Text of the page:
The Problem With Machine Learning In Healthcare

Recently an article by the Wall Street Journal has been floating around online that discussed how models will run the world. I believe there is a lot of truth to that. Machine learning algorithms and models are becoming both ubiquitous and more trusted across industries. This, in turn will lead to us as humans spending less time questioning the output and simply allowing the system to tell us the answer. We already rely on companies like Google, Facebook and Amazon to inform us on ideas for dates, friends birthdays and what the best products are. Some of us don’t even think twice when it comes to the answers we receive from these companies.

As a data engineer who works in healthcare, this is both exciting, and terrifying. In the past year and a half, I have spent my time developing several products to help healthcare professionals make better decisions. Specifically targeting healthcare quality, fraud and drug misuse.

As I was working on the various metrics and algorithms I was constantly asking myself a few questions.

How will this influence the patient treatment?

How will it influence the doctor’s decision?

Will this improve the long-term health of a population?

In my mind, most hospitals are run like businesses, but there is some hope that their goal isn’t always the bottom line. My hope is that they are trying to serve their patients and communities first. If that is the truth, then the algorithms and models we build can’t just be focused on the bottom line (as many are in other industries). Instead, they really need to take a moment to consider how will this impact the patient, how will this impact their overall health, will this metric change the behavior of a doctor in a way that might be negative?

For instance, the Washington Health Alliance, which does a great job at reporting on various methods to help improve healthcare from a cost perspective as well as a care perspective wrote a report focused on improving healthcare cost by reducing wasteful procedures. That is a great idea!

In fact, I have worked on a similar project. That is when I started to think. What happens when some doctors take and over-adjust? I am sure many doctors will appropriately recalibrate their processes. However, what about the ones that try to over adjust?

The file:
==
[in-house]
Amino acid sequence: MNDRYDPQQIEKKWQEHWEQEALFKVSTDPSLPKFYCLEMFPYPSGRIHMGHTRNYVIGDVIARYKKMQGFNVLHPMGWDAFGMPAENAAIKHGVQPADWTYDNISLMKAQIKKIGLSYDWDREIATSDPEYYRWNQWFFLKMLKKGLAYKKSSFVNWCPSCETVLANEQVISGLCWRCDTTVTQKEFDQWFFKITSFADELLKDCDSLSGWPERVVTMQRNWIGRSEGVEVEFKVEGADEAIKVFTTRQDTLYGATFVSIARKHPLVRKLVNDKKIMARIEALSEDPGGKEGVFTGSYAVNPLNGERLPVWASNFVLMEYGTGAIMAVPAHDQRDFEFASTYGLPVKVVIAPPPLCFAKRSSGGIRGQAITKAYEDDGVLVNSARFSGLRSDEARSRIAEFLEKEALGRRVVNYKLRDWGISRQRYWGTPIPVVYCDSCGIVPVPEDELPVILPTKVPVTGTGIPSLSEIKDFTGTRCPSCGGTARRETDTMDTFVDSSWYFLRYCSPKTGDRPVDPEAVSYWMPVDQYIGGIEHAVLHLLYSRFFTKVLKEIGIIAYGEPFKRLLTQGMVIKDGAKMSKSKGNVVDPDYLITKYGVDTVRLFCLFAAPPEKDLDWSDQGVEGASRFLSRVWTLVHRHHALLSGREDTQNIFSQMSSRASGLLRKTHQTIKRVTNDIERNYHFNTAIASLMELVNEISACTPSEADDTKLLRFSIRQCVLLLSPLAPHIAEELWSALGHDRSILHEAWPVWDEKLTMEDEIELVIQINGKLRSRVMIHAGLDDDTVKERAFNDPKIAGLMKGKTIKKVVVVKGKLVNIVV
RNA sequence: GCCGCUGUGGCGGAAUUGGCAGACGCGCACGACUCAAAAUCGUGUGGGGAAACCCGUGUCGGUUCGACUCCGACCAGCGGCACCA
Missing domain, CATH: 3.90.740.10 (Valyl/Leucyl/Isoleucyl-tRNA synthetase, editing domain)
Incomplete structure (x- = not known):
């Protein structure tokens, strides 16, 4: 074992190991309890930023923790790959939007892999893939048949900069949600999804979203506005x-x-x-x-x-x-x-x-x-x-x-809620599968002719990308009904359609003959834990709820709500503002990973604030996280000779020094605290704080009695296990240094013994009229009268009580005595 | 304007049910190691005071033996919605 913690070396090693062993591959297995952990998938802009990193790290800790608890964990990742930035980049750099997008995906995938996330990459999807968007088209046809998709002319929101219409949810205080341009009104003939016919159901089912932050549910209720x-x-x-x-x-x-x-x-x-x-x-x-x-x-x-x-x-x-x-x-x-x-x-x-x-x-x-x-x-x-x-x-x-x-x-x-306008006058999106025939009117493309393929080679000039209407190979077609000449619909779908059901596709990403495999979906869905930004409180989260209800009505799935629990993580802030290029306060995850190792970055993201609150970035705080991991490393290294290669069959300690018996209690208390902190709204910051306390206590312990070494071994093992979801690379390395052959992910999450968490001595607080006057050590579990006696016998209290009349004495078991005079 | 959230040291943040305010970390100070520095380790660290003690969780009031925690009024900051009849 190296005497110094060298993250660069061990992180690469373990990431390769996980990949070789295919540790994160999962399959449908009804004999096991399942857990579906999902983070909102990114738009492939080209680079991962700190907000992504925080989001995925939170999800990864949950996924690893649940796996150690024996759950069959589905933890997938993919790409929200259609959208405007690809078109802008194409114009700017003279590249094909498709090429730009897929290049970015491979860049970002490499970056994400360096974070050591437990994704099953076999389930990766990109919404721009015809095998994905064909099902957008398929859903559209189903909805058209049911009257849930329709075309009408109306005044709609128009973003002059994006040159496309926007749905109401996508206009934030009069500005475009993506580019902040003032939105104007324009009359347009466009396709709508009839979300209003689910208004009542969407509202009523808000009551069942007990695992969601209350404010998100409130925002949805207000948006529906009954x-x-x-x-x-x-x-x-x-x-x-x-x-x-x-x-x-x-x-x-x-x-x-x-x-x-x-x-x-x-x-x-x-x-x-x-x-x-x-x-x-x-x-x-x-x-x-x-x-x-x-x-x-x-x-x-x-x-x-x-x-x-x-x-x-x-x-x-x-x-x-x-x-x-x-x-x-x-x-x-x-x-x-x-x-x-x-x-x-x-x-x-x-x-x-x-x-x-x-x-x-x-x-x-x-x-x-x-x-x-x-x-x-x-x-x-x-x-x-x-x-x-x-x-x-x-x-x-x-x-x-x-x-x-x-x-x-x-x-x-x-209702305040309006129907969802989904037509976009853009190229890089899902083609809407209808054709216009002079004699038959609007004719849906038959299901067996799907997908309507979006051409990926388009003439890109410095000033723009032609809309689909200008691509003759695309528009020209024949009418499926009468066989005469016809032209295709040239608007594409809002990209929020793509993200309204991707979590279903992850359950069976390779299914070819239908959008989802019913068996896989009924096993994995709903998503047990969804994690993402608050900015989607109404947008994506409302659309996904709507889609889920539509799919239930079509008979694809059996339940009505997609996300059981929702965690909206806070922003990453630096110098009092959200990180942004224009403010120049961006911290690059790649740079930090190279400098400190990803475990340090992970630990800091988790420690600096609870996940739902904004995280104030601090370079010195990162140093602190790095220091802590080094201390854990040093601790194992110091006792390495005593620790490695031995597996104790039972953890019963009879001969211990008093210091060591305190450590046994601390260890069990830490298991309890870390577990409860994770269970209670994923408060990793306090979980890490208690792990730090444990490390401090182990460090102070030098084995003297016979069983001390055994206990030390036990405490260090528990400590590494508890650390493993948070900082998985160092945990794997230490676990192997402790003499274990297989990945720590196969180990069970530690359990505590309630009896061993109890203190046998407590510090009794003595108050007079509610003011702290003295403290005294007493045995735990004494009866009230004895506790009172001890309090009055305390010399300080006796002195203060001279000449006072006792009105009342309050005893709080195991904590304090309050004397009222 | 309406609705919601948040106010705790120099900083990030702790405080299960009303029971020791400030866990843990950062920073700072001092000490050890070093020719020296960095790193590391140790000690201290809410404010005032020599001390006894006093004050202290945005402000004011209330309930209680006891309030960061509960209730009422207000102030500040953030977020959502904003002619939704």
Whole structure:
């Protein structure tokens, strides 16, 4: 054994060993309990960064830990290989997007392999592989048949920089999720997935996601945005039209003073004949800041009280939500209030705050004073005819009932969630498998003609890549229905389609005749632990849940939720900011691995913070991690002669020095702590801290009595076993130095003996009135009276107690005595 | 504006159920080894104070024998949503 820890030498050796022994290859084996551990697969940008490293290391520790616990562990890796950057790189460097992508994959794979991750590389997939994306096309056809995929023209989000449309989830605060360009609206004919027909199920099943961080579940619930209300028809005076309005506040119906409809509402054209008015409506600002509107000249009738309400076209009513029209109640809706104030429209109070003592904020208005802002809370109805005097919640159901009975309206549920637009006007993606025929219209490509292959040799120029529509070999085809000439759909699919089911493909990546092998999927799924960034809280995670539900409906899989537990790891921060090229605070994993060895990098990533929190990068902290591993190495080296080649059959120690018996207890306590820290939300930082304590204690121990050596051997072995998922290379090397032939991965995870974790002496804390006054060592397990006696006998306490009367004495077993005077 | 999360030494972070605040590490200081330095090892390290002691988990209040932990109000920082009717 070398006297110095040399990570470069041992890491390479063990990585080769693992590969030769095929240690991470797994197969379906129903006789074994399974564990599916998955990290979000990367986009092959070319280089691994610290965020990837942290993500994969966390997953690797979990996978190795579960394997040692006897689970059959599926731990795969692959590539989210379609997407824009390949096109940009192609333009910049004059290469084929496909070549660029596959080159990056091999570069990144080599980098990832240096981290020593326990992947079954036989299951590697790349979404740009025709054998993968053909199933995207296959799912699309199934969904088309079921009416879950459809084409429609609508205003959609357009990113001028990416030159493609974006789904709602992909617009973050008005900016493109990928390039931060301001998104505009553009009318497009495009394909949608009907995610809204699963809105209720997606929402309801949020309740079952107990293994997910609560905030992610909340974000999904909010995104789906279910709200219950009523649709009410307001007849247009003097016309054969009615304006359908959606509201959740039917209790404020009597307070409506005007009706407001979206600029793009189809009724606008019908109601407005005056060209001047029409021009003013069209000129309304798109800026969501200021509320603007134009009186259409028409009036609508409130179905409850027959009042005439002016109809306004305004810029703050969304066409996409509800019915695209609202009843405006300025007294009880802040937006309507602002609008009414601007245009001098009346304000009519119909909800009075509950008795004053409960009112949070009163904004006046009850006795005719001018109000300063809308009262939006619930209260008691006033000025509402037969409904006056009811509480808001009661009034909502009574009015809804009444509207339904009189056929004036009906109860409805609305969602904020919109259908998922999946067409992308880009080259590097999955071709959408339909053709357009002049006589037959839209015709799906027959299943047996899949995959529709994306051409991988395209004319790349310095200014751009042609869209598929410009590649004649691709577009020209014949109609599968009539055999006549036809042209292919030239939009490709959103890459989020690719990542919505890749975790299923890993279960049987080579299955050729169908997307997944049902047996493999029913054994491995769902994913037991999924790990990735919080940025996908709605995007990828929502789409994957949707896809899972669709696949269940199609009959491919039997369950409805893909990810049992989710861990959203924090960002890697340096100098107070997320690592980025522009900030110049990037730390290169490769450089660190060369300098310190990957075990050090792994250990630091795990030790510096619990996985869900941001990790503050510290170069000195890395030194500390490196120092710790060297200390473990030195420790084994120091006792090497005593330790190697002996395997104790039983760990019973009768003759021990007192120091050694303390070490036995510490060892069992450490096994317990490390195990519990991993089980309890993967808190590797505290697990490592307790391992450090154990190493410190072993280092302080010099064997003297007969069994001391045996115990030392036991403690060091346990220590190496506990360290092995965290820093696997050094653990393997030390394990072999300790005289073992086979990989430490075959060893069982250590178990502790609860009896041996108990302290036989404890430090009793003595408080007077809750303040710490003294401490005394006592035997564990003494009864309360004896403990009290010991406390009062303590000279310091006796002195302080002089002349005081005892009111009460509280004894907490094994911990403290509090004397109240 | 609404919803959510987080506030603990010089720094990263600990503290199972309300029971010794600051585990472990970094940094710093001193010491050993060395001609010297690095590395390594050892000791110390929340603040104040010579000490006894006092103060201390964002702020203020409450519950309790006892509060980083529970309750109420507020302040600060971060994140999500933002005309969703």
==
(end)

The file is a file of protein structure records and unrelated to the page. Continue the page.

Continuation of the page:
What happens when some doctors try to correct their behavior too much and cause more harm than good because they don’t want to be flagged as wasteful.

Could we possibly cause doctors to miss out on obvious diagnoses because they are so concerned about costing the hospital and patients too much money? Or worse, perhaps they rely to strongly on their models to diagnosis for them in the future. I know I have over-adjusted my behaviors in the past when I was provided criticism, so what is to stop a doctor from doing the same? There is a fine line somewhere between allowing a human to make a good decision and forcing them to rely on the thinking of a machine(like Google Maps, how many of us actually remember to get anywhere).

But are you thinking because you were told to think…or because you know what you are doing?

There is a risk to focus more on the numbers and less on what the patients are actually saying. Doctors focusing too much on the numbers and not on the patient is a personal concern of mine. If a model is wrong for a company that is selling dress shirts or toasters that means missing out on a sale and missing a quarterly goal.

A model being wrong in healthcare could mean someone dies or isn’t properly treated. So as flashy as it can be to create systems that help us better make decisions. I do often wonder if we as humans have the discipline to not rely on them for the final say.

As healthcare professionals and data specialists, we have an obligation not just to help our company, but to consider the patient. We need to not just be data driven but be human-driven.

We might not be nurses and doctors but the tools we create now and in the future are going to be directly influencing nurse and doctor decisions and we need to take that into account. As data engineers, data scientists and machine learning engineers, we have the ability to make tools to amplify the abilities of the medical professionals we support and we can make a huge impact.

Because I agree, models will slowly start to run our world more and more (they already do for actions like trade, some medical diagnoses, purchasing at Amazon and more). But that means we need to think through all the operational scenarios. We need to consider all the possible outcomes both good and bad.

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